2. The position appears to be that a child or protected party who acts by a litigation friend and who would, applying the usual principles as to costs, be entitled to an order for costs in his favour, will be entitled to an order which makes the paying party pay the costs incurred by the litigation friend. It is not open to the paying party to say that as the party entitled to recover costs was a child or a protected party, they did not incur any costs because they did not retain the solicitors who were instead retained by the litigation friend.
How should the discretion as to costs be exercised?
    1. Mr Saoul submitted that, quite apart from the fact that Ms Glover was (only) a litigation friend for her two children, there were good reasons why the court should not make any order for costs against her. He relied on four matters in particular. He submitted that:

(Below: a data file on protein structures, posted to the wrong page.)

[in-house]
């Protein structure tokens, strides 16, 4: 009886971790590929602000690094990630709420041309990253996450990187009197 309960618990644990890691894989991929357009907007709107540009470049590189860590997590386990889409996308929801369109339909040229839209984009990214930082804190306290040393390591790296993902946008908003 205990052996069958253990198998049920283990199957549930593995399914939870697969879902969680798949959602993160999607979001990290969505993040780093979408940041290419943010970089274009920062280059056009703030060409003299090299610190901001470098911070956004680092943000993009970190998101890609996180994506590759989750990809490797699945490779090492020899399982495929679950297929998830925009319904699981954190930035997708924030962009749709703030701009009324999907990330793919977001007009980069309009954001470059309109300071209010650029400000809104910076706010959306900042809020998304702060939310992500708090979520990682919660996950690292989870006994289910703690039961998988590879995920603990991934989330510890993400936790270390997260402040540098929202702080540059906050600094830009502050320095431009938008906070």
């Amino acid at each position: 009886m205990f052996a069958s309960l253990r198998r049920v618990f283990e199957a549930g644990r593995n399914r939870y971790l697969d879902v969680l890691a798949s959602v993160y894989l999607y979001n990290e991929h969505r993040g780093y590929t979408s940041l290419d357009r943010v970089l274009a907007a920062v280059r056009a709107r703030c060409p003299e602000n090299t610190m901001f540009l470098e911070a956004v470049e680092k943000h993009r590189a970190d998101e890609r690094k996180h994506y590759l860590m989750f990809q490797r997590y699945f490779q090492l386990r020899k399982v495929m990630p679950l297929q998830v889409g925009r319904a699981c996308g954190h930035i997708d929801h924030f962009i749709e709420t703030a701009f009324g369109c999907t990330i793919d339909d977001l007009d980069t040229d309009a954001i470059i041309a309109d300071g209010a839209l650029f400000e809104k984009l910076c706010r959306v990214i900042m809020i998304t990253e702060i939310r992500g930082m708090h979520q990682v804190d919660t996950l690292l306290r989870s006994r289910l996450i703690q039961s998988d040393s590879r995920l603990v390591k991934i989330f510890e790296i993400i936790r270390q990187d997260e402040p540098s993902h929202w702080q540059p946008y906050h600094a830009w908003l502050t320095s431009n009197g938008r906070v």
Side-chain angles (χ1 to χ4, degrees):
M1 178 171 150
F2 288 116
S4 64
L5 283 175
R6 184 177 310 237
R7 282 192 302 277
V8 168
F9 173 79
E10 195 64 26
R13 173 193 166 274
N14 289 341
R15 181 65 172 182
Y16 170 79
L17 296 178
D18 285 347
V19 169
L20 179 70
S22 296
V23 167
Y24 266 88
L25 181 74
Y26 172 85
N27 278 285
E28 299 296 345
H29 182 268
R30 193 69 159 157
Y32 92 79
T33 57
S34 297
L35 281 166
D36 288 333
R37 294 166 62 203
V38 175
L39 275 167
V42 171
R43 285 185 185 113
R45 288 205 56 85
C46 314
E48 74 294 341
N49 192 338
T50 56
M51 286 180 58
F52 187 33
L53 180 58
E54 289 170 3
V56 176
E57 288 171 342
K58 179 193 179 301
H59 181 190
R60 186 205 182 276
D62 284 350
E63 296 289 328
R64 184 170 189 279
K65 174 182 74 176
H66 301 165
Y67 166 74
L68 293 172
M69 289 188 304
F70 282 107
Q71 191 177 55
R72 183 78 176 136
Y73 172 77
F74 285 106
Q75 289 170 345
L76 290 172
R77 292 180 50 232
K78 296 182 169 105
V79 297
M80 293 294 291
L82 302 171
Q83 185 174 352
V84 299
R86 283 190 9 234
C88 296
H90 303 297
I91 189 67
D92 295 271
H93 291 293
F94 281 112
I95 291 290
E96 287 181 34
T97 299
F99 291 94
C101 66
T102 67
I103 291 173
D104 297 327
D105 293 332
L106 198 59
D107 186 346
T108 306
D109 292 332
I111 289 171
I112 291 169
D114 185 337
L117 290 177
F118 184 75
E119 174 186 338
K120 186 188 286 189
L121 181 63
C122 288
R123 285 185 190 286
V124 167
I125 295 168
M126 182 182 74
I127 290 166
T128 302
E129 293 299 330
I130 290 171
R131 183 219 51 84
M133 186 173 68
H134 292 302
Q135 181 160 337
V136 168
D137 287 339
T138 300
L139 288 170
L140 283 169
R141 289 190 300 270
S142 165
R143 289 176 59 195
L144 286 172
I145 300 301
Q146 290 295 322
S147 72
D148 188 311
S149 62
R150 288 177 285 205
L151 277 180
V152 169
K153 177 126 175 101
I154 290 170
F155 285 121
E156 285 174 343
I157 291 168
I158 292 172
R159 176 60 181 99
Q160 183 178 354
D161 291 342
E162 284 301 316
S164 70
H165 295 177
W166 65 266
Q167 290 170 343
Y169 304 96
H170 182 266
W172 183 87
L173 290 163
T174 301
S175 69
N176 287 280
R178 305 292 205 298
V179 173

i) the conduct of the other parties in relation to the exclusion of Tom, Freya and Ms Glover from the main proceedings brought by Mr Barker and from the hearing before Asplin J was such that the court should not order Ms Glover to pay any of the costs of any of the other parties;
ii) when the application of 27 June 2017 was made it was initially “legally sound” and it was not until 30 July 2018, when the Supreme Court refused permission to appeal against the decision of the Court of Appeal dated 8 December 2017 (in the negligence proceedings which Mr Barker had brought against Mr Baxendale-Walker), which reversed the decision of Roth J dated 23 March 2016, that the position changed in a way adverse to the success of the application;
iii) Confiànce should not have its costs because it should not have incurred them but instead it should have remained entirely neutral on the application of 27 June 2017;
iv) Ms Glover would suffer hardship if an order for costs were made against her.

THE EXERCISE OF THE DISCRETION IN THE CURRENT CASE: THE LITIGATION FRIEND